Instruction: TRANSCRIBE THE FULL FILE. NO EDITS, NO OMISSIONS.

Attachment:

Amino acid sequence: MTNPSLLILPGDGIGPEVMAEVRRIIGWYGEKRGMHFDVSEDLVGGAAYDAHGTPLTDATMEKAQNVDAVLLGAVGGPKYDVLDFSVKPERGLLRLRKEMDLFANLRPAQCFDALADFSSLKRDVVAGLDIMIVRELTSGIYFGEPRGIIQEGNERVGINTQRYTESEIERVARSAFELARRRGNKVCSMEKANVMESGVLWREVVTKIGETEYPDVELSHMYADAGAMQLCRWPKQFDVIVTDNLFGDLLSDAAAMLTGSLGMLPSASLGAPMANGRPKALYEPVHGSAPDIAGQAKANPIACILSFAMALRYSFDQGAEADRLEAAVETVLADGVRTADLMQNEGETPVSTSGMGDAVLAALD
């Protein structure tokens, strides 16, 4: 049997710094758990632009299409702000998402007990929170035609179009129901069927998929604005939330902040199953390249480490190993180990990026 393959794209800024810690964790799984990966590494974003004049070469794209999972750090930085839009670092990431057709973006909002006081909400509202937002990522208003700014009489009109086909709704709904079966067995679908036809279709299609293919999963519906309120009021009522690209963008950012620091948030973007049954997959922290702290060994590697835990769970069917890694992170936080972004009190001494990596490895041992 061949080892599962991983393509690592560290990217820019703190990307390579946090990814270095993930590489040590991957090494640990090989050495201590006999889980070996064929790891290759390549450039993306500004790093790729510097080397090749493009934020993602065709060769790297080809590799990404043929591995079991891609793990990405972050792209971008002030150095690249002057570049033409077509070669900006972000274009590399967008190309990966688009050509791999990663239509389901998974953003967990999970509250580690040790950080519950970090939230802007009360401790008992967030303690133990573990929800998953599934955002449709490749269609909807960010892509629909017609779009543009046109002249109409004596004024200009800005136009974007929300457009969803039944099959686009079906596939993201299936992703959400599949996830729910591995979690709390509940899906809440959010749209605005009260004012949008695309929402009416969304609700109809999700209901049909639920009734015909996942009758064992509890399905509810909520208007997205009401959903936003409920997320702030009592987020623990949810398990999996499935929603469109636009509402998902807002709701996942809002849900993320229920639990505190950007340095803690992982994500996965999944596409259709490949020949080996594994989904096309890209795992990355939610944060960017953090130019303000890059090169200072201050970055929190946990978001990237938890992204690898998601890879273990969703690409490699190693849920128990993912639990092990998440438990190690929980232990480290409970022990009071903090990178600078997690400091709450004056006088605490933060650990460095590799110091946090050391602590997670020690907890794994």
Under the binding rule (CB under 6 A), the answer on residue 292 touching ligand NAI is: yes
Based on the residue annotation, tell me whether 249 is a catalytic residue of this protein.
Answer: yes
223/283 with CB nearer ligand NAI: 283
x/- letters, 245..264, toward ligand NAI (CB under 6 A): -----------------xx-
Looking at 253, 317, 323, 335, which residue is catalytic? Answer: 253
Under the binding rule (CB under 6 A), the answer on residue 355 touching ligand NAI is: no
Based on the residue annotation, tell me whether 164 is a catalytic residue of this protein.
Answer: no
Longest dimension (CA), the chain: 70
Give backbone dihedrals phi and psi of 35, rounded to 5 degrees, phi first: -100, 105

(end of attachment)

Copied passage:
Amino acid sequence: MTNPSLLILPGDGIGPEVMAEVRRIIGWYGEKRGMHFDVSEDLVGGAAYDAHGTPLTDATMEKAQNVDAVLLGAVGGPKYDVLDFSVKPERGLLRLRKEMDLFANLRPAQCFDALADFSSLKRDVVAGLDIMIVRELTSGIYFGEPRGIIQEGNERVGINTQRYTESEIERVARSAFELARRRGNKVCSMEKANVMESGVLWREVVTKIGETEYPDVELSHMYADAGAMQLCRWPKQFDVIVTDNLFGDLLSDAAAMLTGSLGMLPSASLGAPMANGRPKALYEPVHGSAPDIAGQAKANPIACILSFAMALRYSFDQGAEADRLEAAVETVLADGVRTADLMQNEGETPVSTSGMGDAVLAALD
């Protein structure tokens, strides 16, 4: 049997710094758990632009299409702000998402007990929170035609179009129901069927998929604005939330902040199953390249480490190993180990990026 393959794209800024810690964790799984990966590494974003004049070469794209999972750090930085839009670092990431057709973006909002006081909400509202937002990522208003700014009489009109086909709704709904079966067995679908036809279709299609293919999963519906309120009021009522690209963008950012620091948030973007049954997959922290702290060994590697835990769970069917890694992170936080972004009190001494990596490895041992 061949080892599962991983393509690592560290990217820019703190990307390579946090990814270095993930590489040590991957090494640990090989050495201590006999889980070996064929790891290759390549450039993306500004790093790729510097080397090749493009934020993602065709060769790297080809590799990404043929591995079991891609793990990405972050792209971008002030150095690249002057570049033409077509070669900006972000274009590399967008190309990966688009050509791999990663239509389901998974953003967990999970509250580690040790950080519950970090939230802007009360401790008992967030303690133990573990929800998953599934955002449709490749269609909807960010892509629909017609779009543009046109002249109409004596004024200009800005136009974007929300457009969803039944099959686009079906596939993201299936992703959400599949996830729910591995979690709390509940899906809440959010749209605005009260004012949008695309929402009416969304609700109809999700209901049909639920009734015909996942009758064992509890399905509810909520208007997205009401959903936003409920997320702030009592987020623990949810398990999996499935929603469109636009509402998902807002709701996942809002849900993320229920639990505190950007340095803690992982994500996965999944596409259709490949020949080996594994989904096309890209795992990355939610944060960017953090130019303000890059090169200072201050970055929190946990978001990237938890992204690898998601890879273990969703690409490699190693849920128990993912639990092990998440438990190690929980232990480290409970022990009071903090990178600078997690400091709450004056006088605490933060650990460095590799110091946090050391602590997670020690907890794994």
Under the binding rule (CB under 6 A), the answer on residue 292 touching ligand NAI is: yes
Based on the residue annotation, tell me whether 249 is a catalytic residue of this protein.
Answer: yes
223/283 with CB nearer ligand NAI: 283
x/- letters, 245..264, toward ligand NAI (CB under 6 A): -----------------xx-
Looking at 253, 317, 323, 335, which residue is catalytic? Answer: 253
Under the binding rule (CB under 6 A), the answer on residue 355 touching ligand NAI is: no
Based on the residue annotation, tell me whether 164 is a catalytic residue of this protein.
Answer: no
Longest dimension (CA), the chain: 70
Give backbone dihedrals phi and psi of 35, rounded to 5 degrees, phi first: -100, 105